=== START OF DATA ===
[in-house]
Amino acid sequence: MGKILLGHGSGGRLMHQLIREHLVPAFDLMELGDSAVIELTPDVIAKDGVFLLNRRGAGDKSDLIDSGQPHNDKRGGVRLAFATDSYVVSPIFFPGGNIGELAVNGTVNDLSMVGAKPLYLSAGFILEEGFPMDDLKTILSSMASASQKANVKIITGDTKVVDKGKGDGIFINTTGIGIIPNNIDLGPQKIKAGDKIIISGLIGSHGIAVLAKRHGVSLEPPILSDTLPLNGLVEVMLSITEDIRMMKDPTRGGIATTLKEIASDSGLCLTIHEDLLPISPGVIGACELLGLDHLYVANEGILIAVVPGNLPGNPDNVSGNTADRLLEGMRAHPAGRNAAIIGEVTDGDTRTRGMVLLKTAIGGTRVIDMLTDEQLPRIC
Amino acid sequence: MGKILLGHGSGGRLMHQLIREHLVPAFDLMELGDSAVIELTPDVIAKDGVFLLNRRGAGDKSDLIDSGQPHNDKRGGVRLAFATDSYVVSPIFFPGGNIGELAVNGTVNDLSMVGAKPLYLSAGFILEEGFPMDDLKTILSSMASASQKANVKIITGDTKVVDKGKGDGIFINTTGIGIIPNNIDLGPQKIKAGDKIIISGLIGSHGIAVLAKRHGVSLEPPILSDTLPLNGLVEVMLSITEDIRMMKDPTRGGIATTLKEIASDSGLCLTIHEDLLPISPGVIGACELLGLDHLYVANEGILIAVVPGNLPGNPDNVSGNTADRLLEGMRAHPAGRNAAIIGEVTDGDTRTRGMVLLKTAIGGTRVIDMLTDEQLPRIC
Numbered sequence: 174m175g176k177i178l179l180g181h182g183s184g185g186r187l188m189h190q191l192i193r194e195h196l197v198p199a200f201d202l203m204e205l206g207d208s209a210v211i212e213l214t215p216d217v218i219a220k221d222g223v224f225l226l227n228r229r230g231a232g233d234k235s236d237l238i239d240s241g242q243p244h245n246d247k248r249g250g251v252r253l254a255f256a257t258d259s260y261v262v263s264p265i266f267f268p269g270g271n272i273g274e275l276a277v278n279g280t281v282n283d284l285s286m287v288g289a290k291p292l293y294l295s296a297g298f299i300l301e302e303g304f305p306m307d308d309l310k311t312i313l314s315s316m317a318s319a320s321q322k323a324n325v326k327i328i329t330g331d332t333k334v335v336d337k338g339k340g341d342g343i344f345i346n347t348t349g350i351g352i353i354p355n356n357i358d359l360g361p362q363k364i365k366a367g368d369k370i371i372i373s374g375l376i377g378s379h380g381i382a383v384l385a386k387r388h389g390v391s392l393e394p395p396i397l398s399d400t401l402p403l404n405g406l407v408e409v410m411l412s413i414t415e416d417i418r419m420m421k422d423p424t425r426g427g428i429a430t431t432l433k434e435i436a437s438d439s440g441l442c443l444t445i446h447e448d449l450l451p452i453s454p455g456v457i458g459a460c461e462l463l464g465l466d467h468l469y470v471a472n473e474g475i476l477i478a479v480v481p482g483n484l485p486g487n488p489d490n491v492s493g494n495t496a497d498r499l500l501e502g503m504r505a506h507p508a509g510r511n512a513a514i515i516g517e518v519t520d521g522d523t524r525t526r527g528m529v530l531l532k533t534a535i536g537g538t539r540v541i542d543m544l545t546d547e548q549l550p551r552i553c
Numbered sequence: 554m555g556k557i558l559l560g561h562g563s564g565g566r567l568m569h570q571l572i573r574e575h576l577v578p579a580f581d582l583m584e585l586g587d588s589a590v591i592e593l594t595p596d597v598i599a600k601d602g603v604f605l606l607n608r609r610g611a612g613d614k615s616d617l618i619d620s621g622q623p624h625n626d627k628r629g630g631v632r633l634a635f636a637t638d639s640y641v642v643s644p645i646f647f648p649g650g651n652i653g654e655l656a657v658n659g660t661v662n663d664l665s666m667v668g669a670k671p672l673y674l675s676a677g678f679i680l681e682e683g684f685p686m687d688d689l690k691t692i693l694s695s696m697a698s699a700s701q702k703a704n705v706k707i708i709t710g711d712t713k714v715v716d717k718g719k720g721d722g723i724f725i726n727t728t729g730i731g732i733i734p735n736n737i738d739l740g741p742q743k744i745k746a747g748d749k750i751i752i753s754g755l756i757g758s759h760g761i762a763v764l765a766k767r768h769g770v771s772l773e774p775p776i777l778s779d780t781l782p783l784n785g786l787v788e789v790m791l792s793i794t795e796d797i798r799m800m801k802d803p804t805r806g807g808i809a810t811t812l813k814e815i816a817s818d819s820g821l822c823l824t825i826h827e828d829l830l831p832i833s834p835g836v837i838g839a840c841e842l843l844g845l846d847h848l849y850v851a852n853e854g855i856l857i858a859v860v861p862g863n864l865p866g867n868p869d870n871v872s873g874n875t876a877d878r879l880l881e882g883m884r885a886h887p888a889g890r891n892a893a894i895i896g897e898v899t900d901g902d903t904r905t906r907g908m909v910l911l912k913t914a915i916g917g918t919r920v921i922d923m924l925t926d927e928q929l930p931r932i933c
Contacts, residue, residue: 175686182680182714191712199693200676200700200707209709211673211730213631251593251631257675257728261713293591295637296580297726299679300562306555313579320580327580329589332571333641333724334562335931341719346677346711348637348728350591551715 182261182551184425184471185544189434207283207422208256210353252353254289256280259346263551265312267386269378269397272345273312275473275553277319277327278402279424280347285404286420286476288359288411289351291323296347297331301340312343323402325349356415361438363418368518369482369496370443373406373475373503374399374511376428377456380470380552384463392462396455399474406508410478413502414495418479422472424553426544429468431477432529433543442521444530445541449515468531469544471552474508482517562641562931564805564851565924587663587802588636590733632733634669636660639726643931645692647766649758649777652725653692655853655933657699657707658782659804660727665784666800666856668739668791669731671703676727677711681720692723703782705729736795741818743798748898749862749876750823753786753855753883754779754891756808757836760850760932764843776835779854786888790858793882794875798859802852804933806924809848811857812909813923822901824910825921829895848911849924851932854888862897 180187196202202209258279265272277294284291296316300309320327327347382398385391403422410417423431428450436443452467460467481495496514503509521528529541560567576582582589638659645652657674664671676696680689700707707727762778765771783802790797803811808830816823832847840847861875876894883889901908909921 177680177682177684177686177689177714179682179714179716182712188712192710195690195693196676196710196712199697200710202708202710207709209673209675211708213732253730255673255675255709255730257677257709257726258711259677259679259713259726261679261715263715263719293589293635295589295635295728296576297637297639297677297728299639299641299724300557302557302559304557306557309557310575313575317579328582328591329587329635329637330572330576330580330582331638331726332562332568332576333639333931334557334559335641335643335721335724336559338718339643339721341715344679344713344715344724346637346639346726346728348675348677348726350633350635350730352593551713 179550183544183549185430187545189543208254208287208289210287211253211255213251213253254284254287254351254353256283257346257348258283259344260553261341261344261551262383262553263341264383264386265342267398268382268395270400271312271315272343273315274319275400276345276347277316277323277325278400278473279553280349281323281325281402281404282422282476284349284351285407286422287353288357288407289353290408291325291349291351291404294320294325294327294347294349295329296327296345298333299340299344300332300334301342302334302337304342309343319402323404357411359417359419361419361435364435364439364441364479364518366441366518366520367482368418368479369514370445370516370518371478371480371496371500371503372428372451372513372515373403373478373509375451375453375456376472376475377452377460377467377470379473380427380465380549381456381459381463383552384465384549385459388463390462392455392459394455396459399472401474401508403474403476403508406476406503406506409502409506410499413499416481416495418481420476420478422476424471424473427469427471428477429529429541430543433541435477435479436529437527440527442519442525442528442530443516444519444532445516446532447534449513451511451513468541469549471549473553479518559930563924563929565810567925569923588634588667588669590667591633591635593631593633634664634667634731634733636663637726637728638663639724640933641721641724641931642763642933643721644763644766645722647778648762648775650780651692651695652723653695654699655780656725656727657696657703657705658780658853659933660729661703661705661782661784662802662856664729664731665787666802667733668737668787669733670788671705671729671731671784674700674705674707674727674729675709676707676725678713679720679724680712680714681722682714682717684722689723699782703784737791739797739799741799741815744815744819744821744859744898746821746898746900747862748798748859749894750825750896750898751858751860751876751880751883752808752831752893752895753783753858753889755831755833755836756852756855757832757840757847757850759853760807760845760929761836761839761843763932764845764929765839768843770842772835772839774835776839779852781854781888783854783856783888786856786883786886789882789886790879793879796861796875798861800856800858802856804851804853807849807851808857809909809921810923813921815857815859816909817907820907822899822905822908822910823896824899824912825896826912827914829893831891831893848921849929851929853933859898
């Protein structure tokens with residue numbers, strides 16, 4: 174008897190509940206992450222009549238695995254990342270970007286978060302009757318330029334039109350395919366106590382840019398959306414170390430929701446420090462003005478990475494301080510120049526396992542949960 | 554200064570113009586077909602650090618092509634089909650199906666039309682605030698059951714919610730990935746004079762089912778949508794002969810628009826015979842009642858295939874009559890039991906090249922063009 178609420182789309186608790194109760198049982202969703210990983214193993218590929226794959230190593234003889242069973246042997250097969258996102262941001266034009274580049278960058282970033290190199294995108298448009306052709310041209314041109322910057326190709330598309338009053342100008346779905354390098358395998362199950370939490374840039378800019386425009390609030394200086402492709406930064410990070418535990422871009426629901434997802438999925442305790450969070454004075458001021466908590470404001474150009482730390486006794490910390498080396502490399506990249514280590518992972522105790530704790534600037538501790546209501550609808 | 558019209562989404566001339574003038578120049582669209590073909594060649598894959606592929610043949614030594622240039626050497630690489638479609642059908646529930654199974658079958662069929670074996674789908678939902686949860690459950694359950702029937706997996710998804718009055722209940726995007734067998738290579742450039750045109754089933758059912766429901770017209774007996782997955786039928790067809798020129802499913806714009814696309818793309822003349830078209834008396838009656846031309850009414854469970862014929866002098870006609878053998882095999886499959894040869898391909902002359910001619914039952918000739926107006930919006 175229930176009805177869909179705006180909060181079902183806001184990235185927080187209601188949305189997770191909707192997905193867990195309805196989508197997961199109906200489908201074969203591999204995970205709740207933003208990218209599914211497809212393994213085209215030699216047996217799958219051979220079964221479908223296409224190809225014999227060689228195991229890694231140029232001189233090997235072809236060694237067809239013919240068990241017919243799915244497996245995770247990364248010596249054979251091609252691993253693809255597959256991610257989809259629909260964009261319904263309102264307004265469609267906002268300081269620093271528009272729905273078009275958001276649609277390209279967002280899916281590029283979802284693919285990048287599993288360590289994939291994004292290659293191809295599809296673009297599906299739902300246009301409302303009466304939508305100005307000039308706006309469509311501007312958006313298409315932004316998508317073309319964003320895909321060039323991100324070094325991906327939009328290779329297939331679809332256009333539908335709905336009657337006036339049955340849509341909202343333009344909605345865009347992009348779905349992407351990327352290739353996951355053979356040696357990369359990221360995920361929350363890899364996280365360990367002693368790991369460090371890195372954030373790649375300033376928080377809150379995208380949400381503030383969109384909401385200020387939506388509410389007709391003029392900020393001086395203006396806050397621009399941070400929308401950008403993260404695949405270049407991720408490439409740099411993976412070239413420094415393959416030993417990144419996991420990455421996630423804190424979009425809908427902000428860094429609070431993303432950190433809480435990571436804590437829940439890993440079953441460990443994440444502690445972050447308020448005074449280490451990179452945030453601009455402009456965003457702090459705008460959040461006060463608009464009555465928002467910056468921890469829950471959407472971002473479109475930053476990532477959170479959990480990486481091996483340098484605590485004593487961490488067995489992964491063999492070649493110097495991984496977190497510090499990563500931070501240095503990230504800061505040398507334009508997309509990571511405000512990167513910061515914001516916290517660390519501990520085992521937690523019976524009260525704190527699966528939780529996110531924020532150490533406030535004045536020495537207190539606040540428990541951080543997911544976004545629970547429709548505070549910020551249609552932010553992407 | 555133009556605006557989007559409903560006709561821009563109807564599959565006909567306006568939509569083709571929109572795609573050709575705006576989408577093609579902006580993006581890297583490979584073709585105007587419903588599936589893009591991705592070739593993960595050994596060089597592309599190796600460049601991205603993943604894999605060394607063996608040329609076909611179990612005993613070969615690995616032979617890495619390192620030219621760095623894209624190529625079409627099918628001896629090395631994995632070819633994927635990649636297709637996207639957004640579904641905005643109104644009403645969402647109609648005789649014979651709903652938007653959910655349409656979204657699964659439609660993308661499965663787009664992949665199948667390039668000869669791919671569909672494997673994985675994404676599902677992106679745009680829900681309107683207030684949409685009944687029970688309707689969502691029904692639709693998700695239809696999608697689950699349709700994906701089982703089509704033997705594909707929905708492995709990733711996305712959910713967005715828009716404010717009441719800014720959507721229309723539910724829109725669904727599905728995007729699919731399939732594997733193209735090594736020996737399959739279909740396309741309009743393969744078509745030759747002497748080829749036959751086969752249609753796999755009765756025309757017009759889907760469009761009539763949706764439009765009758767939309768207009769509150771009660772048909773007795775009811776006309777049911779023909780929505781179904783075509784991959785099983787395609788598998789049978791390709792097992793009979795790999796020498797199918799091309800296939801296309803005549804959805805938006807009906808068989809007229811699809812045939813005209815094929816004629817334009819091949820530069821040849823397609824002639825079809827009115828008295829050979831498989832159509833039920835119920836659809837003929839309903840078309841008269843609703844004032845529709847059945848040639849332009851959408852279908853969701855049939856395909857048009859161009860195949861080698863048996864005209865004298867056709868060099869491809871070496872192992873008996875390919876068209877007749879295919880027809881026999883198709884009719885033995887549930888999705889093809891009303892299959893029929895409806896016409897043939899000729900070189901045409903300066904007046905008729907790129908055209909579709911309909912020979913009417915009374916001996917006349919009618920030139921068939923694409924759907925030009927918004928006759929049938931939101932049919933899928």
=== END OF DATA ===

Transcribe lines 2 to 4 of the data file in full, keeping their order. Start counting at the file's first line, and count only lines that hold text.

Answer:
Amino acid sequence: MGKILLGHGSGGRLMHQLIREHLVPAFDLMELGDSAVIELTPDVIAKDGVFLLNRRGAGDKSDLIDSGQPHNDKRGGVRLAFATDSYVVSPIFFPGGNIGELAVNGTVNDLSMVGAKPLYLSAGFILEEGFPMDDLKTILSSMASASQKANVKIITGDTKVVDKGKGDGIFINTTGIGIIPNNIDLGPQKIKAGDKIIISGLIGSHGIAVLAKRHGVSLEPPILSDTLPLNGLVEVMLSITEDIRMMKDPTRGGIATTLKEIASDSGLCLTIHEDLLPISPGVIGACELLGLDHLYVANEGILIAVVPGNLPGNPDNVSGNTADRLLEGMRAHPAGRNAAIIGEVTDGDTRTRGMVLLKTAIGGTRVIDMLTDEQLPRIC
Amino acid sequence: MGKILLGHGSGGRLMHQLIREHLVPAFDLMELGDSAVIELTPDVIAKDGVFLLNRRGAGDKSDLIDSGQPHNDKRGGVRLAFATDSYVVSPIFFPGGNIGELAVNGTVNDLSMVGAKPLYLSAGFILEEGFPMDDLKTILSSMASASQKANVKIITGDTKVVDKGKGDGIFINTTGIGIIPNNIDLGPQKIKAGDKIIISGLIGSHGIAVLAKRHGVSLEPPILSDTLPLNGLVEVMLSITEDIRMMKDPTRGGIATTLKEIASDSGLCLTIHEDLLPISPGVIGACELLGLDHLYVANEGILIAVVPGNLPGNPDNVSGNTADRLLEGMRAHPAGRNAAIIGEVTDGDTRTRGMVLLKTAIGGTRVIDMLTDEQLPRIC
Numbered sequence: 174m175g176k177i178l179l180g181h182g183s184g185g186r187l188m189h190q191l192i193r194e195h196l197v198p199a200f201d202l203m204e205l206g207d208s209a210v211i212e213l214t215p216d217v218i219a220k221d222g223v224f225l226l227n228r229r230g231a232g233d234k235s236d237l238i239d240s241g242q243p244h245n246d247k248r249g250g251v252r253l254a255f256a257t258d259s260y261v262v263s264p265i266f267f268p269g270g271n272i273g274e275l276a277v278n279g280t281v282n283d284l285s286m287v288g289a290k291p292l293y294l295s296a297g298f299i300l301e302e303g304f305p306m307d308d309l310k311t312i313l314s315s316m317a318s319a320s321q322k323a324n325v326k327i328i329t330g331d332t333k334v335v336d337k338g339k340g341d342g343i344f345i346n347t348t349g350i351g352i353i354p355n356n357i358d359l360g361p362q363k364i365k366a367g368d369k370i371i372i373s374g375l376i377g378s379h380g381i382a383v384l385a386k387r388h389g390v391s392l393e394p395p396i397l398s399d400t401l402p403l404n405g406l407v408e409v410m411l412s413i414t415e416d417i418r419m420m421k422d423p424t425r426g427g428i429a430t431t432l433k434e435i436a437s438d439s440g441l442c443l444t445i446h447e448d449l450l451p452i453s454p455g456v457i458g459a460c461e462l463l464g465l466d467h468l469y470v471a472n473e474g475i476l477i478a479v480v481p482g483n484l485p486g487n488p489d490n491v492s493g494n495t496a497d498r499l500l501e502g503m504r505a506h507p508a509g510r511n512a513a514i515i516g517e518v519t520d521g522d523t524r525t526r527g528m529v530l531l532k533t534a535i536g537g538t539r540v541i542d543m544l545t546d547e548q549l550p551r552i553c